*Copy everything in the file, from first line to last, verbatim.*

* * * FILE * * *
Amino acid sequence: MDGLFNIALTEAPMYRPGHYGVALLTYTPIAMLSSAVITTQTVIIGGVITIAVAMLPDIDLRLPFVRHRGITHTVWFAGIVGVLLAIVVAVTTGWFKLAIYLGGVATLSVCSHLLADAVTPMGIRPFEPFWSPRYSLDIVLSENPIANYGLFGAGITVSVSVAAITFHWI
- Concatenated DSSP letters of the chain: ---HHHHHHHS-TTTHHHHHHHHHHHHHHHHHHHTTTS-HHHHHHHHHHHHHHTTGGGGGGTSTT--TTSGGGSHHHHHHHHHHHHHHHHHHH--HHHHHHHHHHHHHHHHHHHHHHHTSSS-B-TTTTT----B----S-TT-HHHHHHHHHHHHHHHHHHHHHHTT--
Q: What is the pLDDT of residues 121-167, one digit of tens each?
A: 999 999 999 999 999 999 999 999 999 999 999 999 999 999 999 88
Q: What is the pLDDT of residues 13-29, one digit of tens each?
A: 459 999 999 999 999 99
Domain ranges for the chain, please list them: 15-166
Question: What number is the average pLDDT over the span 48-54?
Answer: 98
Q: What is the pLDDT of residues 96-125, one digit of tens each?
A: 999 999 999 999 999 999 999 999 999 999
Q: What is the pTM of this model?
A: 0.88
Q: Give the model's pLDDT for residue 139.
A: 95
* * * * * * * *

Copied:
Amino acid sequence: MDGLFNIALTEAPMYRPGHYGVALLTYTPIAMLSSAVITTQTVIIGGVITIAVAMLPDIDLRLPFVRHRGITHTVWFAGIVGVLLAIVVAVTTGWFKLAIYLGGVATLSVCSHLLADAVTPMGIRPFEPFWSPRYSLDIVLSENPIANYGLFGAGITVSVSVAAITFHWI
- Concatenated DSSP letters of the chain: ---HHHHHHHS-TTTHHHHHHHHHHHHHHHHHHHTTTS-HHHHHHHHHHHHHHTTGGGGGGTSTT--TTSGGGSHHHHHHHHHHHHHHHHHHH--HHHHHHHHHHHHHHHHHHHHHHHTSSS-B-TTTTT----B----S-TT-HHHHHHHHHHHHHHHHHHHHHHTT--
Q: What is the pLDDT of residues 121-167, one digit of tens each?
A: 999 999 999 999 999 999 999 999 999 999 999 999 999 999 999 88
Q: What is the pLDDT of residues 13-29, one digit of tens each?
A: 459 999 999 999 999 99
Domain ranges for the chain, please list them: 15-166
Question: What number is the average pLDDT over the span 48-54?
Answer: 98
Q: What is the pLDDT of residues 96-125, one digit of tens each?
A: 999 999 999 999 999 999 999 999 999 999
Q: What is the pTM of this model?
A: 0.88
Q: Give the model's pLDDT for residue 139.
A: 95